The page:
Management in Action
Okay, I’ll say it out loud and in public. I think nearly everyone underestimates Alex Smith and his record and his abilities. I also think nearly everyone underestimates his intelligence and his motivation.
Last season the buzzword was “game manager.” Pundits, analysts, radio and TV announcers and even highly touted sports writers used the term repeatedly. Explanations were made often the Alex Smith was an all right quarterback in a system where the defense carried the games, but he would never be an elite quarterback.
The implication being that Alex Smith was a caretaker, held over until the 49ers could find a real QB.
He had the best year of his career in 2011 with only one dependable tight end and one dependable wide receiver, while both were targeted and even double-teamed by opposing defenses. With a coach that revamped the offense so it would be efficient even without high point production, Alex Smith led the 49ers to a 13-3 regular season record. Then he topped it off by outgunning Drew Brees and the New Orleans Saints in a classic playoff game.
Not bad for a game manager.
The raw fact is that all good quarterbacks are game managers. Using the term ‘game manager’ as a pejorative is a mistake in semantics.
Any QB who cannot manage the game will lead their team to a losing season.
Game management means being able to decide which plays will work in any situation. Any play called has many options, depending on the response of the defense. The quarterback needs to almost instantaneously decide and act to counter defenses’ actions and work his team down the field.
He needs to know and decide correctly which receiver is open, when to throw the ball away to avoid a sack or a loss, when to throw to the check down receiver, usually a running back or tight end loitering near the line of scrimmage.
When those QB decisions are made correctly most of the time, the team wins games. When they are poorly made, the team loses games. That is why some quarterbacks with cannon arms do not work out as winning quarterbacks. The arm without a great brain is a loser in the long term.
There is such a thing as what coaches label ‘game smarts.’ A QB with game smarts may not have a cannon arm or the best weapons to throw at, but his decisions make his team successful.
That is the essence of leadership. That is management of the business of football in the purest sense of the word. As a coach or a fan, what you want most from your quarterback is game management.
Then, when Alex Smith began to demonstrate a propensity for winning game after game, the pundits turned to the term “elite quarterback’ in frustration over his succeeding in spite of their predictions.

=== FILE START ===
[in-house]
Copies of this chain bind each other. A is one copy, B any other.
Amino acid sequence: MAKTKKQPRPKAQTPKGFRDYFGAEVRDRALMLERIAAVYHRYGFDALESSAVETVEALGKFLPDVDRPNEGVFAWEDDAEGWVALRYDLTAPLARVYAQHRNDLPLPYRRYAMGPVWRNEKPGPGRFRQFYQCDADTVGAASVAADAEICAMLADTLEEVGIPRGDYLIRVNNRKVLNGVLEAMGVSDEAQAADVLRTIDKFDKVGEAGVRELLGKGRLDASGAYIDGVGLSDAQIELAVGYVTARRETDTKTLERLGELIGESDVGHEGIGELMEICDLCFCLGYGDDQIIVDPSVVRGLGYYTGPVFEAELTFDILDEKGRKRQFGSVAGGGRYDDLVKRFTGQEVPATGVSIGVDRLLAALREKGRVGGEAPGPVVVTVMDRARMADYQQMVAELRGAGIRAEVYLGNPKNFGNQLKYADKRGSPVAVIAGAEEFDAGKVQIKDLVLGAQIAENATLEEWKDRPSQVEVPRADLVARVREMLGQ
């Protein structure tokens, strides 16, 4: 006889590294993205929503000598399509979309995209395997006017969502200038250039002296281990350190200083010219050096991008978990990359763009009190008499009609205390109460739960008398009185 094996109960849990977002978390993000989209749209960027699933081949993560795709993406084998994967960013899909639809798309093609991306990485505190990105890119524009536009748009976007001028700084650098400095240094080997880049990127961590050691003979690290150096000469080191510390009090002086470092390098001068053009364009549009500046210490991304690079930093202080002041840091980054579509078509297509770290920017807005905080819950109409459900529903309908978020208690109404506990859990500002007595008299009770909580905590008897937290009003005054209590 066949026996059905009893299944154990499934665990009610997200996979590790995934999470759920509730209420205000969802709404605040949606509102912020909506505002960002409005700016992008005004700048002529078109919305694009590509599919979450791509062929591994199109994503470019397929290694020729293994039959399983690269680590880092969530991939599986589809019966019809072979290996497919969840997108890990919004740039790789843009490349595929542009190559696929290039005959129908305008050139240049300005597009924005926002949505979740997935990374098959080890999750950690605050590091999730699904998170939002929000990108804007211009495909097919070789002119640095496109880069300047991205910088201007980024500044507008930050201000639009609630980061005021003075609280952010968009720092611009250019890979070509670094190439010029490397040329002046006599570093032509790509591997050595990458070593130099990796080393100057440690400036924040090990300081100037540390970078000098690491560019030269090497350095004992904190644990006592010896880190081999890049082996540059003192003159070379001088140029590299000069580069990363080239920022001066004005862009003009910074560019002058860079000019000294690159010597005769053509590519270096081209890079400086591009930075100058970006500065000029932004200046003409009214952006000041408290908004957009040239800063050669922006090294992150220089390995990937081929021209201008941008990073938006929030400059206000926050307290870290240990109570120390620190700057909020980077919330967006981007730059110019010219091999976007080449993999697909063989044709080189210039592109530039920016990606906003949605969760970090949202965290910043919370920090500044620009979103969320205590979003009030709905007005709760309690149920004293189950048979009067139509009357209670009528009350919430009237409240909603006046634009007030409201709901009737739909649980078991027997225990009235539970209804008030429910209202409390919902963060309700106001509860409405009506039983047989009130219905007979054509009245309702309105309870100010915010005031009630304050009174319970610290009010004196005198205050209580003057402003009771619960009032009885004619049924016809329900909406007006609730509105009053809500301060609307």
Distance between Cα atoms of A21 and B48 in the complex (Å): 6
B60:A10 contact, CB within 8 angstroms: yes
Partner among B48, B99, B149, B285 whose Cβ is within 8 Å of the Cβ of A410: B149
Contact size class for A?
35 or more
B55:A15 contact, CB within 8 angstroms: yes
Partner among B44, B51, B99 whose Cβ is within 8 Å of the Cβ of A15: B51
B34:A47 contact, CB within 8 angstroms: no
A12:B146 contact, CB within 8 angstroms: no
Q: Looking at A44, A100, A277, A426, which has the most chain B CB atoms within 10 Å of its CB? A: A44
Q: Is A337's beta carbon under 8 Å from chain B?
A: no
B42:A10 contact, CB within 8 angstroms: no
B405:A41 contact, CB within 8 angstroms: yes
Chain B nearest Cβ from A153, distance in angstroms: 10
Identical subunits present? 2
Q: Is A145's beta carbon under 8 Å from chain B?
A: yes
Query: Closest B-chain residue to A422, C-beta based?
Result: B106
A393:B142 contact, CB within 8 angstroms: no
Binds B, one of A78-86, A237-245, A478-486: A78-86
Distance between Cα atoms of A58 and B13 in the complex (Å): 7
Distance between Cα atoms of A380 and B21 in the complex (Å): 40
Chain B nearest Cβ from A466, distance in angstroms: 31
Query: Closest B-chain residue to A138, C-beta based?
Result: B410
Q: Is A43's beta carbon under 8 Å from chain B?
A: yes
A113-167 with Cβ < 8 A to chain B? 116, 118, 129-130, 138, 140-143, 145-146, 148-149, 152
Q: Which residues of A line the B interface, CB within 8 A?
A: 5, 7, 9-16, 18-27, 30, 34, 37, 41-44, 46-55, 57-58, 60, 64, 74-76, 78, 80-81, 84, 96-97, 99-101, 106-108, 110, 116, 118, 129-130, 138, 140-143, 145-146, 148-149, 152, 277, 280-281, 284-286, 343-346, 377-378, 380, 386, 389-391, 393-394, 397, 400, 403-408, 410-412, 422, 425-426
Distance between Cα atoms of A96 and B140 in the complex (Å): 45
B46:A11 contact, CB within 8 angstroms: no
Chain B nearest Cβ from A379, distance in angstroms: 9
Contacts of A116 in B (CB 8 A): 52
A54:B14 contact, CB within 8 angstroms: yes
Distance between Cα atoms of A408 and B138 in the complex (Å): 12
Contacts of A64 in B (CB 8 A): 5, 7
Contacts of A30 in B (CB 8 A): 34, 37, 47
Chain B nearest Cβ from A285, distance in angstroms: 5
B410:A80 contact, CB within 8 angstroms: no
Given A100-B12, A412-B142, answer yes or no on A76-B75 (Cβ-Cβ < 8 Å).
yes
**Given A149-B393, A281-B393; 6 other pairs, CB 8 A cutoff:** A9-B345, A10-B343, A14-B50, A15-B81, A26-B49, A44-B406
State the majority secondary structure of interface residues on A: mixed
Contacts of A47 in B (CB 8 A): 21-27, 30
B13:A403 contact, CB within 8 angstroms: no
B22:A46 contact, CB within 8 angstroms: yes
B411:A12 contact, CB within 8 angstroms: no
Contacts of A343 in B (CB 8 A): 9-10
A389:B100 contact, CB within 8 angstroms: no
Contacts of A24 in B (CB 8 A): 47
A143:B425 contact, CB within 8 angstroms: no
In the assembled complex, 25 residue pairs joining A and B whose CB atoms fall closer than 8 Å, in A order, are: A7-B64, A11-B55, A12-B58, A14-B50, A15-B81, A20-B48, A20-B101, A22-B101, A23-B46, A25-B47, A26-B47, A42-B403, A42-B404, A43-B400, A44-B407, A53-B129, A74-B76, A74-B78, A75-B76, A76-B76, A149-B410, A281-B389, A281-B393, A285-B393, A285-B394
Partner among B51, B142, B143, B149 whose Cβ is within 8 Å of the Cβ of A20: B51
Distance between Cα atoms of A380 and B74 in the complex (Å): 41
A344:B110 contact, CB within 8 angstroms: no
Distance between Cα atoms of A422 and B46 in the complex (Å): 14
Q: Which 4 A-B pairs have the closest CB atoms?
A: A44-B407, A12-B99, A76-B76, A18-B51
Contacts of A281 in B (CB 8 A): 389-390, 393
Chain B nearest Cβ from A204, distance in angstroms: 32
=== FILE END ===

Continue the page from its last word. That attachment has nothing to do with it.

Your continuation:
The term elite quarterback is more vague than the term game management. How can one compare the styles of game managers like Joe Montana and Brett Favre? Both are called elite but their styles, talents and physical capabilities and consistency vary widely.
Will Alex Smith’s Record Improve in 2012?
So the term elite is applied using an undefined subjective judgment, not by using win-loss records or any other statistical measurement. It seems to me to be used to describe a QB that is well liked by the media, whether or not he is well liked by his teammates.
Any QB is an elite quarterback if he wins a Super Bowl.
My theory is that the media has a psychological issue. People tend to get into thinking habits and fail to critically reconsider old decisions and habitual descriptions. They tend to put people into stereotypical boxes. When the actuality goes against the expectation, frustration results.
And then they often fail to recognize evidence that the box assigned to that person is no longer pertinent.
This season Alex Smith has more weapons to throw the ball to than he has seen as an NFL QB. He has a better coach than he has ever had. He has a better team around him than he has ever had. And for the first time in his NFL experience, he has a year’s experience with the within the coach’s system.
This year he is more relaxed, more decisive, more accurate and capable of throwing longer passes. His chances of taking the 49ers all the way this year are greatly improved over 2011.
Let’s rethink the descriptions of Alex Smith. Let us drop the habitual name-calling, stereotyping and subtle put-downs and call the plays and the games objectively.
Let Alex Smith play. Give him his due. And when he outperforms his 2011 record, be ready to say you underestimated him.
He will do that, you know, and admitting it is the least you can do.